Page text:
Probing skills: open questions

Open questions – asking open-ended questions helps you understand the clients’ viewpoint and draws out their feelings about a particular topic or situation. Open-ended questions facilitate conversation, as they cannot be answered with a single word (e.g. ‘yes’ or ‘no’) or phrase, and do not require any specific response. They are a means of getting additional information from the client in an objective and unbiased way. Open-ended questions encourage the client to do the majority of the talking; help you avoid making hasty judgments; and keeps communication moving forward.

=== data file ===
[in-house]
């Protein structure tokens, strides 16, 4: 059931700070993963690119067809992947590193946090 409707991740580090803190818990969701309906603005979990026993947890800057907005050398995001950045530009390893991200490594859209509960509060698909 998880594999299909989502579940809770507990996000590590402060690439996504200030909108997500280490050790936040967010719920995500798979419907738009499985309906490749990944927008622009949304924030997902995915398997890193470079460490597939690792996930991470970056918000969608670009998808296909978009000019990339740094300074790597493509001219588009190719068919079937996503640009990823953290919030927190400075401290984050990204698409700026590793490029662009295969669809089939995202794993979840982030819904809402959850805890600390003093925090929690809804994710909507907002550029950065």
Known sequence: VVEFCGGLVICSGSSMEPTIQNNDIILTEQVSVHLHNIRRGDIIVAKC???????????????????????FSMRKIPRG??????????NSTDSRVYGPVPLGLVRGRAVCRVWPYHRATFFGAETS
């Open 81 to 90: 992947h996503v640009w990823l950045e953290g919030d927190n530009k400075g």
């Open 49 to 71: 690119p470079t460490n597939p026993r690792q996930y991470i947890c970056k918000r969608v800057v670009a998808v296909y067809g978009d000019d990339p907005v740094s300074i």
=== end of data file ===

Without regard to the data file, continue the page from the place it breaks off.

Open questions typically begin with ‘what’, ‘where’, ‘when’, ‘how’ and ‘who’. For example, you might ask a client:

  • “What do you think stops you from …”
  • “Where do you normally …”
  • “When do you …”
  • “How do you feel when …”
  • “Who do you think might be able to …”

You should try to avoid questions that are too open or broad, as these are very difficult to answer. They may throw clients or put unnecessary pressure on them to come up with an answer instead of exploring key issues.

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